- We currently assume FY17 total loan growth of 2-4% YoY for Singapore banks, as mentioned earlier. This assumption could be conservative if growth in Singapore’s domestic economy improves in 2017. We estimate every 1% increase in our loan growth assumption could raise net interest income by c.1%, ceteris paribus.
- Banks’ loans growth in Singapore is now 7-8%, which is faster than system loan growth at 0.5% YoY. Banks are now defending their market share in Singapore housing loans, which grew 7-10% YoY, faster than the system’s 4%. UOB had 31% market share for new housing loans in 4Q; DBS’s market share rose to 29% (3Q16: 28%). As housing loans form 21-27% of the banks’ total loans, it is a competitive business.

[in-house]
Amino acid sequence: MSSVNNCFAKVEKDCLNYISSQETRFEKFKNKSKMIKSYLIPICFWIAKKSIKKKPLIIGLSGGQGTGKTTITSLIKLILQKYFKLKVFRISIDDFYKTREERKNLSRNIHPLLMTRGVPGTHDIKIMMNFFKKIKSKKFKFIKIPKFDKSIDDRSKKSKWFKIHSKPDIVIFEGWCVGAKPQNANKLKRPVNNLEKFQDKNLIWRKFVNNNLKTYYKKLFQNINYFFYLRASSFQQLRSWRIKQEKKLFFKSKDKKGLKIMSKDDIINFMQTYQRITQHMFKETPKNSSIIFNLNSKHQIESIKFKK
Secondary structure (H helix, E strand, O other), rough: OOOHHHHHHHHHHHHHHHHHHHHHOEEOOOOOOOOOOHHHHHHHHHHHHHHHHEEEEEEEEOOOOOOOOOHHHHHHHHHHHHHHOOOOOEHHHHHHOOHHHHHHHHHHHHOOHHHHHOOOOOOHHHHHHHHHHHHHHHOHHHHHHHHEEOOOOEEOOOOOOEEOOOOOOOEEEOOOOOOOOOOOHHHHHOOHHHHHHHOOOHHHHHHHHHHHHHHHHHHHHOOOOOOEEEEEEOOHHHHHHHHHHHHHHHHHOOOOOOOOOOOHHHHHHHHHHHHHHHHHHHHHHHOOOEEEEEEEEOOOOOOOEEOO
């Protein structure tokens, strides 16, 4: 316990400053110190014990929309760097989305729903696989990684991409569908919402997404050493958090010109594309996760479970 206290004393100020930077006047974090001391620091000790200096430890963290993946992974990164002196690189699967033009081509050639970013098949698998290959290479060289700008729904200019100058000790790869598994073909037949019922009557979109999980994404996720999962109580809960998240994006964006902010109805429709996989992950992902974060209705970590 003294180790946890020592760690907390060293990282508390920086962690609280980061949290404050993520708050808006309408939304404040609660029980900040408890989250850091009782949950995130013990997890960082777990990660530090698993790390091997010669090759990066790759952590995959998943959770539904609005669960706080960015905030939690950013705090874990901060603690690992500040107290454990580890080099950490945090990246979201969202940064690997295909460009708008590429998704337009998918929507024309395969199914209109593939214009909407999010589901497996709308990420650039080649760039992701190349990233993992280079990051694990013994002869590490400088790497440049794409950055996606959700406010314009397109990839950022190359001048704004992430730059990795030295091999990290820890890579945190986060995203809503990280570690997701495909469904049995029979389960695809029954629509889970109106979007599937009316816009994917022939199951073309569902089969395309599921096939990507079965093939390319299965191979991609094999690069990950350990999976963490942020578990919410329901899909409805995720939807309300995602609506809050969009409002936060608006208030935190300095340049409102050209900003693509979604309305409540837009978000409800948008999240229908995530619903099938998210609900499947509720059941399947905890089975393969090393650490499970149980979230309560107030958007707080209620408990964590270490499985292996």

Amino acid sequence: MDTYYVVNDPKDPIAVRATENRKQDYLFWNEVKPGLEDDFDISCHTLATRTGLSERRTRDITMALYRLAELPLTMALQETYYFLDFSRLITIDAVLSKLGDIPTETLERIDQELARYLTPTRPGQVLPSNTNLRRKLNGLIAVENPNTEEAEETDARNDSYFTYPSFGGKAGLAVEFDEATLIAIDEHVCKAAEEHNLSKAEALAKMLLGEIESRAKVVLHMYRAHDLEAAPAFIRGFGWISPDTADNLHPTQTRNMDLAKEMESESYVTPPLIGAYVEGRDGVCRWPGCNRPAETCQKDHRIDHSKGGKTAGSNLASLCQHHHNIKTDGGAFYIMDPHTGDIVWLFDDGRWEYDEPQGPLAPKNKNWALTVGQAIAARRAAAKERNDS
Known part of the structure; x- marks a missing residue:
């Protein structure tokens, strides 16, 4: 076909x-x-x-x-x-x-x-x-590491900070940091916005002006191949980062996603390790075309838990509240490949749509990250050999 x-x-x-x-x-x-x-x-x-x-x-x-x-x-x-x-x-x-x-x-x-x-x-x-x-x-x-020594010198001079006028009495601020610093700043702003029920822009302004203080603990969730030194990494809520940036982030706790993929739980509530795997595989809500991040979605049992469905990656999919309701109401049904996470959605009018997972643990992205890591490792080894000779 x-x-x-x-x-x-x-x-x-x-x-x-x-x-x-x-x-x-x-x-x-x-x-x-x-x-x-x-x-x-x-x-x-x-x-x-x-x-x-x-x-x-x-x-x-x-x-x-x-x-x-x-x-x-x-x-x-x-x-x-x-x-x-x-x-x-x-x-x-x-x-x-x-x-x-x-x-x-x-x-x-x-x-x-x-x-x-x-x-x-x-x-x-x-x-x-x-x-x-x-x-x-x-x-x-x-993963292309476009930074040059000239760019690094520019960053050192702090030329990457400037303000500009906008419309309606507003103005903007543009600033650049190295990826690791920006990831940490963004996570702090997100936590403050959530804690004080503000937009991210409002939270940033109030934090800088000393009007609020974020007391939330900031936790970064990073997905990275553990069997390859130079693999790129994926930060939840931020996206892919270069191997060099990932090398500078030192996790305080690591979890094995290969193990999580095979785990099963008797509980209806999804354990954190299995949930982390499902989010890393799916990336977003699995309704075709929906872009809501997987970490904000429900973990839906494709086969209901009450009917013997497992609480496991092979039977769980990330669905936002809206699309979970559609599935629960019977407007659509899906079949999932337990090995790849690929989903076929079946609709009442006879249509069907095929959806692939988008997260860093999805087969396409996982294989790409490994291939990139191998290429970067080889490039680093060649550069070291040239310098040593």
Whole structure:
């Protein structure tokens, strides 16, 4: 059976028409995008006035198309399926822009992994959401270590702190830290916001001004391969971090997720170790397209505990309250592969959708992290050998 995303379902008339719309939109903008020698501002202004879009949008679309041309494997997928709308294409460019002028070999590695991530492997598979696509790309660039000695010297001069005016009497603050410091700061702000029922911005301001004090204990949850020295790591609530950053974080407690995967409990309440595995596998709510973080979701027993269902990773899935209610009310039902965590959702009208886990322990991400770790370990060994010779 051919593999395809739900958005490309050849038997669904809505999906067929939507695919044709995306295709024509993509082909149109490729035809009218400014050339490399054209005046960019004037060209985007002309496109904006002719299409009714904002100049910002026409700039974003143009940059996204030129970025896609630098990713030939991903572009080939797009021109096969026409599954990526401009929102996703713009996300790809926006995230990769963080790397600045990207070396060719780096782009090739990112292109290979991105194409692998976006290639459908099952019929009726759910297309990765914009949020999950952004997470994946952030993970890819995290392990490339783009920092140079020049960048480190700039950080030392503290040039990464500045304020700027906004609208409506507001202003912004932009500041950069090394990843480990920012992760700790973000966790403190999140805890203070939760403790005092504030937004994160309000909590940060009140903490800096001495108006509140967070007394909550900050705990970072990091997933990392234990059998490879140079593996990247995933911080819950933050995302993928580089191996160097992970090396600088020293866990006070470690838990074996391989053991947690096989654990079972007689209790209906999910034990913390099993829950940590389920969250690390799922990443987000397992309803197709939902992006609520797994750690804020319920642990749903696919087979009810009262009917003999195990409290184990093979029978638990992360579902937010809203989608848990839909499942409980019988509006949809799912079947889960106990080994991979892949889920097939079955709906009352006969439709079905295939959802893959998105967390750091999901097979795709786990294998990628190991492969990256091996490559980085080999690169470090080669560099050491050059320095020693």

- Notably, foreign banks in Singapore are reducing their loan sizes, suggesting that they are unwilling to take on higher risks amid reduced profits. For instance, HSBC (5 HK, Not Rated) reduced its housing loans by 20% YoY in 2016 to curb the size of this portfolio. Standard Chartered Bank (2888 HK, Not Rated) also reported lower new bookings for housing loans and business banking in Singapore. These made way for Singapore banks to gain market share and to outpace the growth in system loans.
- Aside from housing, loan growth could come from building and construction, especially for public infrastructure projects. The Building and Construction Authority expects construction demand (i.e. value of construction contracts to be awarded) in FY17 to be SGD28-35b, with demand from the public sector of SGD20-24b (i.e ~70% of the total demand).